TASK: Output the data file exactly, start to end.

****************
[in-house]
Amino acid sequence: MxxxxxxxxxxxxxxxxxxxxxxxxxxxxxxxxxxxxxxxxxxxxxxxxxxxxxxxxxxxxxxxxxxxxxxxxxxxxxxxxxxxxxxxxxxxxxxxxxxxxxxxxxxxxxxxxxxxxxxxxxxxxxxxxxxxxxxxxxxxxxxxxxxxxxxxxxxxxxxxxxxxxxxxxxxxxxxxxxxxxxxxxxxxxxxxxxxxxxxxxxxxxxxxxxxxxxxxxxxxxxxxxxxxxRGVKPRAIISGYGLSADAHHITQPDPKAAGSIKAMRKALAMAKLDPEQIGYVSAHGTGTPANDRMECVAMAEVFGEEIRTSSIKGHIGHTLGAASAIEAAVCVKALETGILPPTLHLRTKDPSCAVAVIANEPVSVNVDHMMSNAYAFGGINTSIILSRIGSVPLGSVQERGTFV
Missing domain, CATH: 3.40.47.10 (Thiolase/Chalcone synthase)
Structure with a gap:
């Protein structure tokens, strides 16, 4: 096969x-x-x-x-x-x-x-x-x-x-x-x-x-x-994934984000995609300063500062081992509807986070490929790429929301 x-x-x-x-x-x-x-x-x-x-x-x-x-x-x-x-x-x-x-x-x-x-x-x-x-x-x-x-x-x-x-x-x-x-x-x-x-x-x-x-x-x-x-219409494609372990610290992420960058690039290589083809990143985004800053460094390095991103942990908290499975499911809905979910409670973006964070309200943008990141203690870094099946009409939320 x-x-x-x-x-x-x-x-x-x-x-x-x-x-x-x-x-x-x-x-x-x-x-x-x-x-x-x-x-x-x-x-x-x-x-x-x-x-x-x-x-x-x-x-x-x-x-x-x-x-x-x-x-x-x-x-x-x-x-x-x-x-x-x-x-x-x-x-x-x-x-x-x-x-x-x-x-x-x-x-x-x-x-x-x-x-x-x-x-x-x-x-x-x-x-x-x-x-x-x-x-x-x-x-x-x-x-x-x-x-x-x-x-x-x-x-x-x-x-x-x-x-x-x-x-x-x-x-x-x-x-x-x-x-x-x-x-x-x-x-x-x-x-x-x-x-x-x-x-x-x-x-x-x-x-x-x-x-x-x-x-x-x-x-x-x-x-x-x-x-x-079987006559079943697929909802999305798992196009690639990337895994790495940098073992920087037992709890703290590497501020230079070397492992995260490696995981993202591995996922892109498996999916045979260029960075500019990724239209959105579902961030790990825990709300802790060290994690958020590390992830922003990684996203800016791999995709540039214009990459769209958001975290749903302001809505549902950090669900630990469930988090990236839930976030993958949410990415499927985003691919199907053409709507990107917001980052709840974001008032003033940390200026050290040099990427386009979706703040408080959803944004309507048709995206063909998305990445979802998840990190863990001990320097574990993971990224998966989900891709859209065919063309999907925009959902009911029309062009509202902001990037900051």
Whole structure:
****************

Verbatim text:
[in-house]
Amino acid sequence: MxxxxxxxxxxxxxxxxxxxxxxxxxxxxxxxxxxxxxxxxxxxxxxxxxxxxxxxxxxxxxxxxxxxxxxxxxxxxxxxxxxxxxxxxxxxxxxxxxxxxxxxxxxxxxxxxxxxxxxxxxxxxxxxxxxxxxxxxxxxxxxxxxxxxxxxxxxxxxxxxxxxxxxxxxxxxxxxxxxxxxxxxxxxxxxxxxxxxxxxxxxxxxxxxxxxxxxxxxxxxxxxxxxxxRGVKPRAIISGYGLSADAHHITQPDPKAAGSIKAMRKALAMAKLDPEQIGYVSAHGTGTPANDRMECVAMAEVFGEEIRTSSIKGHIGHTLGAASAIEAAVCVKALETGILPPTLHLRTKDPSCAVAVIANEPVSVNVDHMMSNAYAFGGINTSIILSRIGSVPLGSVQERGTFV
Missing domain, CATH: 3.40.47.10 (Thiolase/Chalcone synthase)
Structure with a gap:
């Protein structure tokens, strides 16, 4: 096969x-x-x-x-x-x-x-x-x-x-x-x-x-x-994934984000995609300063500062081992509807986070490929790429929301 x-x-x-x-x-x-x-x-x-x-x-x-x-x-x-x-x-x-x-x-x-x-x-x-x-x-x-x-x-x-x-x-x-x-x-x-x-x-x-x-x-x-x-219409494609372990610290992420960058690039290589083809990143985004800053460094390095991103942990908290499975499911809905979910409670973006964070309200943008990141203690870094099946009409939320 x-x-x-x-x-x-x-x-x-x-x-x-x-x-x-x-x-x-x-x-x-x-x-x-x-x-x-x-x-x-x-x-x-x-x-x-x-x-x-x-x-x-x-x-x-x-x-x-x-x-x-x-x-x-x-x-x-x-x-x-x-x-x-x-x-x-x-x-x-x-x-x-x-x-x-x-x-x-x-x-x-x-x-x-x-x-x-x-x-x-x-x-x-x-x-x-x-x-x-x-x-x-x-x-x-x-x-x-x-x-x-x-x-x-x-x-x-x-x-x-x-x-x-x-x-x-x-x-x-x-x-x-x-x-x-x-x-x-x-x-x-x-x-x-x-x-x-x-x-x-x-x-x-x-x-x-x-x-x-x-x-x-x-x-x-x-x-x-x-x-x-079987006559079943697929909802999305798992196009690639990337895994790495940098073992920087037992709890703290590497501020230079070397492992995260490696995981993202591995996922892109498996999916045979260029960075500019990724239209959105579902961030790990825990709300802790060290994690958020590390992830922003990684996203800016791999995709540039214009990459769209958001975290749903302001809505549902950090669900630990469930988090990236839930976030993958949410990415499927985003691919199907053409709507990107917001980052709840974001008032003033940390200026050290040099990427386009979706703040408080959803944004309507048709995206063909998305990445979802998840990190863990001990320097574990993971990224998966989900891709859209065919063309999907925009959902009911029309062009509202902001990037900051």
Whole structure: